The student news site of Marquette University

Marquette Wire

The student news site of Marquette University

Marquette Wire

The student news site of Marquette University

Marquette Wire

Benefits extended to university employees’ domestic partners

Keeping in line with a professed commitment to creating a more inclusive atmosphere for the LGBT community on campus, Marquette has decided to extend benefits to those in domestic partnerships with university employees.

University President the Rev. Robert A. Wild said the decision was based upon Marquette’s tradition and adherence to Jesuit principles.

“If we are truly pastoral in our application of the Jesuit principle of cura personalis, I asked myself if I could reconcile that with denying health benefits to a couple who have legally registered their commitment to each other,” Wild said in a statement.

The extension of benefits would begin to take effect in January 2012, the start of the next coverage year.

Octavio Castro, director of Human Resources, said in a statement that benefits currently offered to married couples — medical, dental and vision — will be extended to those in registered domestic partnerships.

Katie Belanger, the executive director of Fair Wisconsin, an LGBT advocacy group, said the group had worked with Marquette in improving LGBT relations and lauded the recent effort.

“Fair Wisconsin applauds Marquette on their decision to provide these basic protections for all of their employees,” she said in a press release.

Domestic partner benefits are already in place at a list of comparable universities, some Jesuit, including: Boston College, Georgetown University, Seattle University, all schools within the University of Wisconsin System and DePaul University.

Both students and university employees have called for the extension of benefits in recent months. The most indicative examples include a motion passed by the University Academic Senate recommending the benefits extension on Feb. 21 and a similar recommendation passed by Marquette Student Government on March 3.

Provost John Pauly said the motions passed by the bodies were important in the university’s decision.

“The university looks to groups such as the Academic Senate … for ideas about the sorts of benefits employees would find desirable,” Pauly said. “So certainly the senate and MUSG resolutions were an important signal of interest.”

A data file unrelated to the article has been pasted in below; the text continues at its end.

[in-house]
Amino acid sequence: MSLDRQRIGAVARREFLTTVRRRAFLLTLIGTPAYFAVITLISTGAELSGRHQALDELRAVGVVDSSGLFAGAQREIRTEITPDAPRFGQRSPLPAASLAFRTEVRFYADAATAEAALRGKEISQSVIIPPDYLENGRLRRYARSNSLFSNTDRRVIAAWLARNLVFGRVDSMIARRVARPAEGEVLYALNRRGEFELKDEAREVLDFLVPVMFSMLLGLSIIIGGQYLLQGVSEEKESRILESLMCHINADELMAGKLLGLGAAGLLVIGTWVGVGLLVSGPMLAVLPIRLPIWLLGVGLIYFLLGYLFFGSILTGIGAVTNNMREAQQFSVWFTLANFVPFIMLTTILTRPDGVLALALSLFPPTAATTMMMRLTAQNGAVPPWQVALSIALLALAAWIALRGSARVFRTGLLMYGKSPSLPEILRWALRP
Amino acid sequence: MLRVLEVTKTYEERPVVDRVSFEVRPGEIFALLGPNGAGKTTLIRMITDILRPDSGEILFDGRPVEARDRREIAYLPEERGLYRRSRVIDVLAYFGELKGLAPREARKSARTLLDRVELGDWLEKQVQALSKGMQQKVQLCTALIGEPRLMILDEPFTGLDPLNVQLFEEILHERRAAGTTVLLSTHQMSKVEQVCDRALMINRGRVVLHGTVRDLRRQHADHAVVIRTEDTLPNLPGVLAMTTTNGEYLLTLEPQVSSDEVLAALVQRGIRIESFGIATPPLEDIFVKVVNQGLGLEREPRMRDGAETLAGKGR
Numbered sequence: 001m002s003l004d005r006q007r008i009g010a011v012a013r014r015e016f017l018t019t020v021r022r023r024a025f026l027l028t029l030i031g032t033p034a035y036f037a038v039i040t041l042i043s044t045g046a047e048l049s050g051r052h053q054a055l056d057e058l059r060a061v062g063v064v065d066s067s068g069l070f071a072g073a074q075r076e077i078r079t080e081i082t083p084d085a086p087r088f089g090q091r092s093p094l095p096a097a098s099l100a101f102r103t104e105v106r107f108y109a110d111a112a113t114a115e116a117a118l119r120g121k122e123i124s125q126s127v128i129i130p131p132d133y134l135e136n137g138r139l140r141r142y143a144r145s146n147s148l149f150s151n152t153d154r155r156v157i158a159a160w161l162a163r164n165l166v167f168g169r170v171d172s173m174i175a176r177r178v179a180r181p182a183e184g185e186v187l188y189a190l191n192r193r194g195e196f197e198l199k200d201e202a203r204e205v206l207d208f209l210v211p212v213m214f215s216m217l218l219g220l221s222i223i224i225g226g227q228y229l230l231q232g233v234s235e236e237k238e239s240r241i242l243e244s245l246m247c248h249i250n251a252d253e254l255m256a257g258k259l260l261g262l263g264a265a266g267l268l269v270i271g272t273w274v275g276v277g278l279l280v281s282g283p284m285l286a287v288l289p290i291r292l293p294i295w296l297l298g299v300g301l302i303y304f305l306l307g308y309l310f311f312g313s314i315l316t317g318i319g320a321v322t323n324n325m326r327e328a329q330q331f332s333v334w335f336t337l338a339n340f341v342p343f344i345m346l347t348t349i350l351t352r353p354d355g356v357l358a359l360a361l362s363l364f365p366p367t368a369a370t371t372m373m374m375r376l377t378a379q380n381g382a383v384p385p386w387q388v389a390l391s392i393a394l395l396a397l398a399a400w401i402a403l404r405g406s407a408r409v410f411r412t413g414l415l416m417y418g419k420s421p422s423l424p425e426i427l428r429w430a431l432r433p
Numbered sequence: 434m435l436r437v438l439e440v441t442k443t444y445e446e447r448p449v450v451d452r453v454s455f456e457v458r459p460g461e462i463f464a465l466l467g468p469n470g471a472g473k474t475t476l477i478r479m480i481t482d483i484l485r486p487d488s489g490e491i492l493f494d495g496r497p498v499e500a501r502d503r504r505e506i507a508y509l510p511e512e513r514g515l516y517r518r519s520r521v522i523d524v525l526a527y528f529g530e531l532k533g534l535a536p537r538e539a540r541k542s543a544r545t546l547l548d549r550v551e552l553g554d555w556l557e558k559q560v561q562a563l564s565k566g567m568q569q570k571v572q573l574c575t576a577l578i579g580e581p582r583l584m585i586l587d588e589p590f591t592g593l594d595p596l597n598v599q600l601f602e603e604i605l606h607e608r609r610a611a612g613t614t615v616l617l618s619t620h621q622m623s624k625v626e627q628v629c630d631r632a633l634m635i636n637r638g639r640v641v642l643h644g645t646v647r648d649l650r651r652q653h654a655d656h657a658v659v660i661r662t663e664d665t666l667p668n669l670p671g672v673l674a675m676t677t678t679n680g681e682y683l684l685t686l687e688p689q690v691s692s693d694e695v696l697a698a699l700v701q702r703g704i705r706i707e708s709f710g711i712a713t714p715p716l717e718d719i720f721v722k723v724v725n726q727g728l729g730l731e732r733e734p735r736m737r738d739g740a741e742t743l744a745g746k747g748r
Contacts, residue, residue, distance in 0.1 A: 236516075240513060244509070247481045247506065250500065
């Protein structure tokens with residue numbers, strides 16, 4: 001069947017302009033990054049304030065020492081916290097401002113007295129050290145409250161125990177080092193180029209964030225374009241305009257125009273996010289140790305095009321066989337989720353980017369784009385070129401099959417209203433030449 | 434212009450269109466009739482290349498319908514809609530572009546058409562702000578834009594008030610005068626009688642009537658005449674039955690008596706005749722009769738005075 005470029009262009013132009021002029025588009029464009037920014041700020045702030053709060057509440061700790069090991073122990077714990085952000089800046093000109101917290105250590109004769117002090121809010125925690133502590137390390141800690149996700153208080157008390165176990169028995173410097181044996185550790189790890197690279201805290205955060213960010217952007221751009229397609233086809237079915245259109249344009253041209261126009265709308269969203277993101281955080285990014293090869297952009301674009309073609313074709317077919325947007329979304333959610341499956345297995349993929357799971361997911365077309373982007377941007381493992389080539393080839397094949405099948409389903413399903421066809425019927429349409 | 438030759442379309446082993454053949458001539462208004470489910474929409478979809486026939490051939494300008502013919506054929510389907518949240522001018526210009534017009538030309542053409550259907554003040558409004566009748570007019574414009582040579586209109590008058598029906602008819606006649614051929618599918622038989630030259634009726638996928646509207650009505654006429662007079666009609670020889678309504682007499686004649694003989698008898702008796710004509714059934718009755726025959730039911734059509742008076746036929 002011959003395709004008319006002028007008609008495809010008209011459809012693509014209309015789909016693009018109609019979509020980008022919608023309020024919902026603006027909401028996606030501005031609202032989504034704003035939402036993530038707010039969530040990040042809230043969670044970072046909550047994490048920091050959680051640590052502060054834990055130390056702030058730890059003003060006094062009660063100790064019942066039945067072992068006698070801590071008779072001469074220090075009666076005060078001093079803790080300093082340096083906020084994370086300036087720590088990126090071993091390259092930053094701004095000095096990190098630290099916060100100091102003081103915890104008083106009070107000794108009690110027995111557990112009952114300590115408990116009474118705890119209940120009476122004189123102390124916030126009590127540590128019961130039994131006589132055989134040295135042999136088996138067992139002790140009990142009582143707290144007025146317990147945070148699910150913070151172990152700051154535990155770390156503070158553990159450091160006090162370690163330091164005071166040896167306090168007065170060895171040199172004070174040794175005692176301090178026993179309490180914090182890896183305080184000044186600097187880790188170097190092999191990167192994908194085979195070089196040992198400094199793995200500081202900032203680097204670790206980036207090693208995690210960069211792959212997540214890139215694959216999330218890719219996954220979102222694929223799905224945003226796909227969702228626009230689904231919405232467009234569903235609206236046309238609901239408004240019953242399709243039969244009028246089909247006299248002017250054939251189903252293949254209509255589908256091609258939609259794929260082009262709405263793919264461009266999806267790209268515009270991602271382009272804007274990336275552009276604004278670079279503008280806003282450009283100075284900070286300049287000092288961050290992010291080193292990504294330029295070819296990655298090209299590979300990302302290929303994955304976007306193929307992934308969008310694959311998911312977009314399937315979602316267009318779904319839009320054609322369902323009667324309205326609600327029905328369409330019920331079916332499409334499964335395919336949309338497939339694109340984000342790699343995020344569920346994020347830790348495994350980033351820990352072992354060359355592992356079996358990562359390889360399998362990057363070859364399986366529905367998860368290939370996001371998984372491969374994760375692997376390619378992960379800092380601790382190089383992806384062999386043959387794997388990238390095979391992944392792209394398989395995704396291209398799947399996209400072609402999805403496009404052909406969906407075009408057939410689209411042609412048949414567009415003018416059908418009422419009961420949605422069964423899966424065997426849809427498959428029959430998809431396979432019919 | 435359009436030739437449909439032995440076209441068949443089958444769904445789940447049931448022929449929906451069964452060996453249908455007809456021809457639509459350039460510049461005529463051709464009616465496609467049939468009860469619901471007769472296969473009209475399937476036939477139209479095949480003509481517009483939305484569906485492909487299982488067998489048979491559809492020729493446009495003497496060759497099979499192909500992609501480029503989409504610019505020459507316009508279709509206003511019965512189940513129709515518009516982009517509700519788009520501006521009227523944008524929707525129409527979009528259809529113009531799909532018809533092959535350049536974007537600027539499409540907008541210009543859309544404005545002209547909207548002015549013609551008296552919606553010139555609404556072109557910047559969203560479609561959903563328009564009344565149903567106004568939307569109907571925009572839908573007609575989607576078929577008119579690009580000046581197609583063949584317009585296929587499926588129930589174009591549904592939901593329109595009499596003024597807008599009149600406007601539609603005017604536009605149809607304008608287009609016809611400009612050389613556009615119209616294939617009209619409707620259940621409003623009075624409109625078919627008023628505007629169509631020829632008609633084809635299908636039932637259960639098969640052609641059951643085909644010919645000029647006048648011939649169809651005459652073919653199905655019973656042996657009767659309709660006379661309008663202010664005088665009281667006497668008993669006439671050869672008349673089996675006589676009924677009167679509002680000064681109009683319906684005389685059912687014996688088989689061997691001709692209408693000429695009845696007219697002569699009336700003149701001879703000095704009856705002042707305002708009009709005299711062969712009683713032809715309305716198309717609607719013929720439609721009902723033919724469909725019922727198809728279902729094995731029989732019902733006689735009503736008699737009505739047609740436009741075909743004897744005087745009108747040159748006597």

Pauly said the decision process the university took was the same as most other matters and took into account the fact that several other universities have implemented similar benefits policies.

“As with any benefits issue, the university considered legal issues of eligibility, financial costs and the likely response of different stakeholder groups,” Pauly said. “The university was also aware that many large organizations have considered or initiated partner benefits the last several years, including a number of Jesuit universities.”

Financially, Pauly said the extensions would not constitute a large dent in the budget.

“Human Resources, working with Finance, estimated the number of people who would likely take advantage of the benefit, based upon the experience of other organizations, and the cost,” Pauly said. “The university decided that the new benefit would probably increase total health care costs by much less than half of 1 percent.”

Lisa Hanson, an associate professor and chair of the UAS Subcommittee of Equity, said the committee had begun researching the issue of benefit extensions as early as 2009.

“A faculty member (who brought up the matter) was concerned about the negative effect that the absence of domestic partner benefits would have,” Hanson said. “Since that time we had been gathering information … but put the issue at the top of our agenda in fall of 2010.”

Hanson said the subcommittee and the Committee on Faculty Welfare talked with several Human Resource departments at comparable universities, as well as held conversations with the Gender Resource Task Force and various faculty at Marquette while compiling the report.

The gathered information was presented to the UAS in its February meeting and passed as a motion recommending domestic partner benefits be adopted. That, along with the university’s decision, has Hanson and the subcommittee “very pleased with the outcome.”

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